“It is important to recognise, however, that much has changed since the Medieval period. Christians are flocking to websites such as Israel365 or in person to Rabbi Shlomo Riskin’s Center for Jewish and Christian Cooperation and Understanding to study Jewish sources not to use against us, but in order to “uncover the Jewish roots of the Christian faith.” Many are coming to the realisation that if the founder of their religion was a Jew, then Jewish practice and Judaic teachings can shed light on their own faith as well.

“Not only are large numbers of Christians interested in our beliefs, many who I correspond with pepper their conversations with “baruch Hashem,” “blessed is God,” and other Hebrew expressions. Today, the largest online Hebrew courses have more non-Jewish students than Jews enrolling in their classes.

“The growing Evangelical interest in biblical Hebrew demonstrates how so many are trying to come closer to God’s original intent and the authentic teachings of the Hebrew Bible. Christians are coming to us and saying that Jewish interpretations are more authentic and correct, not trying to prove us wrong. Never in Jewish history has there been an era when so many non-Jews have approached us to learn what our Torah teaches about God, man’s duties in the world and the centrality of the Land of Israel.

“The Haftorah we read in synagogue last week comes from the book of Isaiah and discusses the role God set out for the nation of Israel: “I am the Lord, who called you with righteousness, I will strengthen your hand; I will protect you; I will set you for a covenant to the people, to be a light unto the nations; to open blind eyes; to remove a prisoner from confinement, dwellers in darkness from a dungeon” (Isaiah 42:6,7).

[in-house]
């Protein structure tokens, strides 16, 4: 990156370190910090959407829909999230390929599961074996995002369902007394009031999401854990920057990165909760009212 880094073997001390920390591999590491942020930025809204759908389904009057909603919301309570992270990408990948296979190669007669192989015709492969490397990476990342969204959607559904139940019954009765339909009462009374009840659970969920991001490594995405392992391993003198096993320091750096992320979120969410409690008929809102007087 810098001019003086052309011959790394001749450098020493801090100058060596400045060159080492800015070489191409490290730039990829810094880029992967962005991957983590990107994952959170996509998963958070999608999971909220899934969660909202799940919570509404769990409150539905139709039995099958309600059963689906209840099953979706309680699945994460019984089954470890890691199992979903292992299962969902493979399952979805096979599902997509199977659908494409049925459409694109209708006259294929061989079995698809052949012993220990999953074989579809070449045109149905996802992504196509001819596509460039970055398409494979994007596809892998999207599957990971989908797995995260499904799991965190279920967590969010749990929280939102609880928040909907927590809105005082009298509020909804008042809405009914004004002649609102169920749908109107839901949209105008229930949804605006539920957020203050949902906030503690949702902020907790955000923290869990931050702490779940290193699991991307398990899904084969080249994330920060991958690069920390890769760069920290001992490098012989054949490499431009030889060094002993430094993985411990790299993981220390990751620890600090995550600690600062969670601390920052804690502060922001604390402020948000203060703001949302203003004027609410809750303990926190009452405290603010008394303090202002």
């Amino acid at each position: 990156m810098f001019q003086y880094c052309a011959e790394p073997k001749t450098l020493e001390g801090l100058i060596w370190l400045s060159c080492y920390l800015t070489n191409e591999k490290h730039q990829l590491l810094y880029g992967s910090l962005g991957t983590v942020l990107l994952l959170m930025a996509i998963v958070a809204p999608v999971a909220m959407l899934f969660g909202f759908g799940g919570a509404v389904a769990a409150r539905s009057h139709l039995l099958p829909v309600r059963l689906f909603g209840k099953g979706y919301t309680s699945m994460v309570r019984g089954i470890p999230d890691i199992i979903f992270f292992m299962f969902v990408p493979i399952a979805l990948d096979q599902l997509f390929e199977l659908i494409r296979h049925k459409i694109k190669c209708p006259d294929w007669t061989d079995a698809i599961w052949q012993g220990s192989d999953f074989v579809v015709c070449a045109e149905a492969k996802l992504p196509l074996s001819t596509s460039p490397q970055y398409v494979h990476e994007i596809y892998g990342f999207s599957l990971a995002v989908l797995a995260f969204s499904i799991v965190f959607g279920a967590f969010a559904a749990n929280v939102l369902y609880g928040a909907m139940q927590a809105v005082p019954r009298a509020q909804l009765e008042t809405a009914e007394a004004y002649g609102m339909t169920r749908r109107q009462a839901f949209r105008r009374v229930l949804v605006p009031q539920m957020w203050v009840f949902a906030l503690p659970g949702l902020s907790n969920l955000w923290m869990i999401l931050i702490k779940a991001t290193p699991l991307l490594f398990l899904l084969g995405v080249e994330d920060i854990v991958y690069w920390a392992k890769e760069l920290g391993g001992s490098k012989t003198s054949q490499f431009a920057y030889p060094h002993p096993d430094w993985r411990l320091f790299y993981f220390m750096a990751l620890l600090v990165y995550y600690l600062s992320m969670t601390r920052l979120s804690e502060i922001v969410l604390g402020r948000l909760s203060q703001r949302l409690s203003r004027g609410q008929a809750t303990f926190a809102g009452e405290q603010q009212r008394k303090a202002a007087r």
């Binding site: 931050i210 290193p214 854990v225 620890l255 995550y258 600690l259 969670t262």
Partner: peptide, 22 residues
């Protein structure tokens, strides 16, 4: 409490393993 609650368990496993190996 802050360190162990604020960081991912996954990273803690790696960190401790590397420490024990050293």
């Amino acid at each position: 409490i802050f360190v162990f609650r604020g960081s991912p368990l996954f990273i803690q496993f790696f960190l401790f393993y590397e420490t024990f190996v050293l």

“For most of Jewish history, our role as a “light unto the nations” has primarily been understood as a call to live an ethical life, setting an example of righteous behavior and hoping that our individual actions would somehow penetrate the darkness and influence our often hostile, Gentile neighbors.

“Rarely was anyone on the outside ever interested in what the Jews had to say, and so being an “or lagoyim“ was an ideal that individual Jews strived for, but in a very passive kind of way.

“However, Isaiah is calling for so much more. The “light” in his stirring description is capable of opening the eyes of the blind and leading the imprisoned out of darkness.

With the establishment of the State of Israel, our new role on the international stage calls for a transformation of the “light unto the nations” metaphor from a passive, individual candle to a powerful blaze firing up the nations and igniting the world with righteousness.

Moving beyond the debate whether Evangelical support for Israel is “good for the Jews,” Christian Zionist fervour may represent our historic opportunity to fulfill our religious destiny as a nation.”

One point I would add: Bible believing Evangelicals were also persecuted and executed by the ‘Christian’ establishment during the Middle Ages and beyond.